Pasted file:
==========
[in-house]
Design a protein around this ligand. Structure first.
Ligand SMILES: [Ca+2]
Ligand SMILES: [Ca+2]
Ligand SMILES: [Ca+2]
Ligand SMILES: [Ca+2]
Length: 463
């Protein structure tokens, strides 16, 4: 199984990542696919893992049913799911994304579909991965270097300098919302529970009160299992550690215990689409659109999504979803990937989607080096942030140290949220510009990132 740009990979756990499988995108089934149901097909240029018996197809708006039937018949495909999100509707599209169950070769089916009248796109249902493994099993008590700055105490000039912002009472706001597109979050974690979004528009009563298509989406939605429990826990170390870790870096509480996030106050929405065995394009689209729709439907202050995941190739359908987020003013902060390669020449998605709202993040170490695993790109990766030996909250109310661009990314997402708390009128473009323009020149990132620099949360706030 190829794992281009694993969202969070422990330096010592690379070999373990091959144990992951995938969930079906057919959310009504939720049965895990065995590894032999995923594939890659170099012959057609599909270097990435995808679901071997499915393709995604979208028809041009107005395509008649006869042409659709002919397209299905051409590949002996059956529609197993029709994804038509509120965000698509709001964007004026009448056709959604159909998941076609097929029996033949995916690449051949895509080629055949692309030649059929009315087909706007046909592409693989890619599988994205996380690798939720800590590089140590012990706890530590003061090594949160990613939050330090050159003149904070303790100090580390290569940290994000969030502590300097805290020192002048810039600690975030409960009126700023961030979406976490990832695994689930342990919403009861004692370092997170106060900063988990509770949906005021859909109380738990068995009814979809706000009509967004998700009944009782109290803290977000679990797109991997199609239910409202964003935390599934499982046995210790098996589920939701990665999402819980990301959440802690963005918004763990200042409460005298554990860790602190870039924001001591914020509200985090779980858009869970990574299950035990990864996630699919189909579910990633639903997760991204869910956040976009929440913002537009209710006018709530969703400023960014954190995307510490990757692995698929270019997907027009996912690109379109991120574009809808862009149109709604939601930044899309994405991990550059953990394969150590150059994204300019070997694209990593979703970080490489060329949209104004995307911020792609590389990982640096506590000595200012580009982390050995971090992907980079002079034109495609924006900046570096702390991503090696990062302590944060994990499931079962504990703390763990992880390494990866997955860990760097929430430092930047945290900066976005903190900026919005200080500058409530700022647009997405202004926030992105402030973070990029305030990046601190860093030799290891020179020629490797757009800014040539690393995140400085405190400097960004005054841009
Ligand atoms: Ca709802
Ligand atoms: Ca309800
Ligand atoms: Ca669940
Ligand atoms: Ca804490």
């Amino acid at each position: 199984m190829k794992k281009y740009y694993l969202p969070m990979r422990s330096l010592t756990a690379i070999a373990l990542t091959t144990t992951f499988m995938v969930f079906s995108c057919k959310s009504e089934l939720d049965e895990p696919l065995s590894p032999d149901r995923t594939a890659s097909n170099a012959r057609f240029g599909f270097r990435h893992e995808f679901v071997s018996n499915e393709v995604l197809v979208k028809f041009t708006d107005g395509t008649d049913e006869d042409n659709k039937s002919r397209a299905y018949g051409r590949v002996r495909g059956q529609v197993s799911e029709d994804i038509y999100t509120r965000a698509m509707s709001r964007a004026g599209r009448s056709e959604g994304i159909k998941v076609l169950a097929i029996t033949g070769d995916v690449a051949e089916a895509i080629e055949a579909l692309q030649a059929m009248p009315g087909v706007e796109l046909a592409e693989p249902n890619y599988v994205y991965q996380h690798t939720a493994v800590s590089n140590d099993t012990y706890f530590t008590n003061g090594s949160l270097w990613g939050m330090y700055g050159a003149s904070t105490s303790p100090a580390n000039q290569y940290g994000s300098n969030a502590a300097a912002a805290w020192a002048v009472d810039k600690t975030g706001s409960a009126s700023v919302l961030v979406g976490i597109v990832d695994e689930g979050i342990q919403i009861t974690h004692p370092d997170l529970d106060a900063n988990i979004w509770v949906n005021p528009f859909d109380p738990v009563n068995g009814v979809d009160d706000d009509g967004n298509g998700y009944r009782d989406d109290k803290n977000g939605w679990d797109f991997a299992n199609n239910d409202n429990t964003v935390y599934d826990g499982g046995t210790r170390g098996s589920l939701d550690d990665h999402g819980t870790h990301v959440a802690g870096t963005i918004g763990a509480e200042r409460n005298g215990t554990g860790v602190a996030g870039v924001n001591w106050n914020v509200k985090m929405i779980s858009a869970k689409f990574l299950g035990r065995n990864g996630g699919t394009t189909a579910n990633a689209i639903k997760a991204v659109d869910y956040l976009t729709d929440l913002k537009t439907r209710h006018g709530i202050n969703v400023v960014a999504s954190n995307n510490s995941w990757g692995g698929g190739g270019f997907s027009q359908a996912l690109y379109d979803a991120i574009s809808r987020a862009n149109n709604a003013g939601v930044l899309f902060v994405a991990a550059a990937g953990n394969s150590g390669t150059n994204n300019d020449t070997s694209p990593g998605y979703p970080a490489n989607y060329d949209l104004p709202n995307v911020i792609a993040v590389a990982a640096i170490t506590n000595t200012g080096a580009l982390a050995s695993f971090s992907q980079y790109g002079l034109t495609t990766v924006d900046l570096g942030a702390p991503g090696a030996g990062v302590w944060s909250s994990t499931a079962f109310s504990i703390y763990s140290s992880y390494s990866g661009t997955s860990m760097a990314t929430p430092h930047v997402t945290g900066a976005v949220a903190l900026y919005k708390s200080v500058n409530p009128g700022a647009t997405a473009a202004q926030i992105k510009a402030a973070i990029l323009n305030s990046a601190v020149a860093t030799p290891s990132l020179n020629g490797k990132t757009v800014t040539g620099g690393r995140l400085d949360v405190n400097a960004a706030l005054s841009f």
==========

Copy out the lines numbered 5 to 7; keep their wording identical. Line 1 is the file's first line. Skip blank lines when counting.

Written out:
Ligand SMILES: [Ca+2]
Ligand SMILES: [Ca+2]
Length: 463